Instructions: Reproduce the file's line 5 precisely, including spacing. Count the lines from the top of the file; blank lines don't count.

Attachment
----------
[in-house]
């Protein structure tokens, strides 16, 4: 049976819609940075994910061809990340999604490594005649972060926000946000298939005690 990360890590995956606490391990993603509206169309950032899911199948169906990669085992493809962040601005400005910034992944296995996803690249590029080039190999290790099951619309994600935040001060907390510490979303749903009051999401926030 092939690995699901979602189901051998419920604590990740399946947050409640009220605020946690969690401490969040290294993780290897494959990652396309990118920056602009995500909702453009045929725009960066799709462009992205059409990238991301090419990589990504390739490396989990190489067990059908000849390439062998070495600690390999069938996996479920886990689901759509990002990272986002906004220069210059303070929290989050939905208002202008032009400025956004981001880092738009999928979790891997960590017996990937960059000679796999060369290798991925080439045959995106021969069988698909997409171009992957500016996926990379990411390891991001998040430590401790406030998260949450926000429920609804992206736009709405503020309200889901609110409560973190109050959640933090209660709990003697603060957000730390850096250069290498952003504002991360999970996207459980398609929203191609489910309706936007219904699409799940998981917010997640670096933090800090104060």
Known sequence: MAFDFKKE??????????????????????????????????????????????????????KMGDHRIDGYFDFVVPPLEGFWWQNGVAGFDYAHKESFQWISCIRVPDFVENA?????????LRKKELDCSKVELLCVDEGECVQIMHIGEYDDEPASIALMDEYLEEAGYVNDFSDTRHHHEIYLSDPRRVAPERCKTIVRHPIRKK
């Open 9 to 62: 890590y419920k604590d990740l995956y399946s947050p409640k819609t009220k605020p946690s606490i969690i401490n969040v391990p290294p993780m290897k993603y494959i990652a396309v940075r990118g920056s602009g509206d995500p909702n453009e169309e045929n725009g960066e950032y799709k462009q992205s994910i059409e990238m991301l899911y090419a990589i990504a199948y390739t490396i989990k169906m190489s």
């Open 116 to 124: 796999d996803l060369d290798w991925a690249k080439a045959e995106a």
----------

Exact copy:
């Open 116 to 124: 796999d996803l060369d290798w991925a690249k080439a045959e995106a």